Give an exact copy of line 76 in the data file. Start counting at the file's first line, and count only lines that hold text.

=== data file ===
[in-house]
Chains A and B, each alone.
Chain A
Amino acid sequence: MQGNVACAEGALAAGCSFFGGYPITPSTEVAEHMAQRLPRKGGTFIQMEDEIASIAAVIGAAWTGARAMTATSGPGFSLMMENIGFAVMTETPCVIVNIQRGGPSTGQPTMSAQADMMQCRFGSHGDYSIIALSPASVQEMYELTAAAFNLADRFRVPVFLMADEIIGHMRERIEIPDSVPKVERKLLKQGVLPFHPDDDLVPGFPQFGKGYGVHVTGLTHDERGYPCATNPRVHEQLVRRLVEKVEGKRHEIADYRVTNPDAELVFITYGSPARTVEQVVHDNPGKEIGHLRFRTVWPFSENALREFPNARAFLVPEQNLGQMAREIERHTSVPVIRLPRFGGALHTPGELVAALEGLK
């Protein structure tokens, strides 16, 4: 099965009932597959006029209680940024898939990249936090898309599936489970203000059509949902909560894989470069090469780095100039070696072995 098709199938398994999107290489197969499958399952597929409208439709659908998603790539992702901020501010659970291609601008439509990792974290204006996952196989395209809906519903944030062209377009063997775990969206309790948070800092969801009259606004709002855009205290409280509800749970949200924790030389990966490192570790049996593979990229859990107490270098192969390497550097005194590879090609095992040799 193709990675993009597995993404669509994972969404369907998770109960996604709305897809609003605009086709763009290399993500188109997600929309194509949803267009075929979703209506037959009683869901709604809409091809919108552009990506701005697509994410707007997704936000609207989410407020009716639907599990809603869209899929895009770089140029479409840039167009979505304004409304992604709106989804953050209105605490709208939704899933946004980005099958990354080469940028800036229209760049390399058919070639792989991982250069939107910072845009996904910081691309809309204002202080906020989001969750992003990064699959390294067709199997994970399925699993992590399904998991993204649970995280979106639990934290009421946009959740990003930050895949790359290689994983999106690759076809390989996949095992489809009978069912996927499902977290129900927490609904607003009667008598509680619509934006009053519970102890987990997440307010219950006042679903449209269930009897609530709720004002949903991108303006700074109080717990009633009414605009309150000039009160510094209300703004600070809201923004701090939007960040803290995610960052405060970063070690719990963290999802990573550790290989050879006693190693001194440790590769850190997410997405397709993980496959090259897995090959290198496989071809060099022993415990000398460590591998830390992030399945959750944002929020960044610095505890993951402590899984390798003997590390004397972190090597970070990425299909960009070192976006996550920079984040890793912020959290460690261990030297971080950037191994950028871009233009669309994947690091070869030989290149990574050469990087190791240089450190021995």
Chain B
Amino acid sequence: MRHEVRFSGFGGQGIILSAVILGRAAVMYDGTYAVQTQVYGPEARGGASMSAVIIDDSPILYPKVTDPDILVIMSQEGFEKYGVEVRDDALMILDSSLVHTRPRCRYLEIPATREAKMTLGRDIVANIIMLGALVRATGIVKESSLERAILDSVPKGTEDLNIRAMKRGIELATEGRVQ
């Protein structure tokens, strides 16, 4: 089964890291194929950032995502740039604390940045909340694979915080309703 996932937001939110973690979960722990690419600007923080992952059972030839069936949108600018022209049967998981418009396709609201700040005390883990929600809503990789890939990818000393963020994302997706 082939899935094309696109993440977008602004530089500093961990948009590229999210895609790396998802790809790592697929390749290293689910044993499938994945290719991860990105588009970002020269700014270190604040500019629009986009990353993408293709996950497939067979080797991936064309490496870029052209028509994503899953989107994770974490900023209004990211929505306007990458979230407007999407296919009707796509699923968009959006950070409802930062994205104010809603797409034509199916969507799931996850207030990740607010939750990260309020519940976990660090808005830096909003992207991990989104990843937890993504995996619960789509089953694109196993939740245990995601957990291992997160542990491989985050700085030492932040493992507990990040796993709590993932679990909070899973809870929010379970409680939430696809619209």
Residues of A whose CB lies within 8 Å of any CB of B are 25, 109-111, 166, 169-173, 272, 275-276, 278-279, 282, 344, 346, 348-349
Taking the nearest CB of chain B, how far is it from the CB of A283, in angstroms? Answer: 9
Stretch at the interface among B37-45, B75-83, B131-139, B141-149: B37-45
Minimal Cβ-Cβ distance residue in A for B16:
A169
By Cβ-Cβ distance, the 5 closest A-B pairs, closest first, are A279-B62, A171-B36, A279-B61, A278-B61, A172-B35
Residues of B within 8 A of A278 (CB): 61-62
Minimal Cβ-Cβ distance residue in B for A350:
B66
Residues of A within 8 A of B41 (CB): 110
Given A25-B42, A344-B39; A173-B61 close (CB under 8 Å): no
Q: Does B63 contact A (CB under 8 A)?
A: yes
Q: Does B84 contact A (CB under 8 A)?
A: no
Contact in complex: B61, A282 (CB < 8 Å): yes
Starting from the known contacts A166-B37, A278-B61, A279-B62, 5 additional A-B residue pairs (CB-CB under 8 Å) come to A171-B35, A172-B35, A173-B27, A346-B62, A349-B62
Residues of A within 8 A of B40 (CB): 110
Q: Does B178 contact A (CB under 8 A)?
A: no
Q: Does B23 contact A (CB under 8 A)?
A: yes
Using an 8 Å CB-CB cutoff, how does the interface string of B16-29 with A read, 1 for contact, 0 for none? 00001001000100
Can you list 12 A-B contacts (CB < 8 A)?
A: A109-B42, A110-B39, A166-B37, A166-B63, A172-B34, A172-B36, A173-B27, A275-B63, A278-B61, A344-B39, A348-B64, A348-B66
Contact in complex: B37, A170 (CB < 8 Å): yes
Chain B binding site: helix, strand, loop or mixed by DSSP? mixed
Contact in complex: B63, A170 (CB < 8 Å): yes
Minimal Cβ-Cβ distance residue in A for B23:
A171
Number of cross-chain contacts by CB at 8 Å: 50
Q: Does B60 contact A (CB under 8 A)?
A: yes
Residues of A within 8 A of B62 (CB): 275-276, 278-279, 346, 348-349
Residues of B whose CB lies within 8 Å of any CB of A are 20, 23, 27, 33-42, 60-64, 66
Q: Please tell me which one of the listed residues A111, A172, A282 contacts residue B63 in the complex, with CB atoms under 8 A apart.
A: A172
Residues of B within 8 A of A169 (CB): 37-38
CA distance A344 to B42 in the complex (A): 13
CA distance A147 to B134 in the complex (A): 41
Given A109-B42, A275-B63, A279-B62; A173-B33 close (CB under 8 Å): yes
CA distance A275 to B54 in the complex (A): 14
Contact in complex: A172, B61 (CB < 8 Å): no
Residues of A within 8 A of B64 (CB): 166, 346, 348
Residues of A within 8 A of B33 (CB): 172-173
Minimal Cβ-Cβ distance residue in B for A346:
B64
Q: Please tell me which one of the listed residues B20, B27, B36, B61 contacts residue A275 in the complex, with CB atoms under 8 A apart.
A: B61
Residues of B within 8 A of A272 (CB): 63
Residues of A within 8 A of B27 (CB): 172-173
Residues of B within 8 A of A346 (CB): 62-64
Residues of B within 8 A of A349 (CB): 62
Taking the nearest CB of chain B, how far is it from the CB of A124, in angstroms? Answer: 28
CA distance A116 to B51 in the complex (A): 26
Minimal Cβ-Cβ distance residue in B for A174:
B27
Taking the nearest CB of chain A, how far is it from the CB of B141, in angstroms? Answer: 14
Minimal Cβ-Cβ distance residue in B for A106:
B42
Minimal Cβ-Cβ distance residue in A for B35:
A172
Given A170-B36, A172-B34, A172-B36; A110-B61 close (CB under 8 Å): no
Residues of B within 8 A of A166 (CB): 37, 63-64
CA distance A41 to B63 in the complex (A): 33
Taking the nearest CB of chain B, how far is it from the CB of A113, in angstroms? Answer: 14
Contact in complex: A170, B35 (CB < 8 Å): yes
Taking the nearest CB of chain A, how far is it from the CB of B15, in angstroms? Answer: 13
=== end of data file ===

Taking the nearest CB of chain A, how far is it from the CB of B15, in angstroms? Answer: 13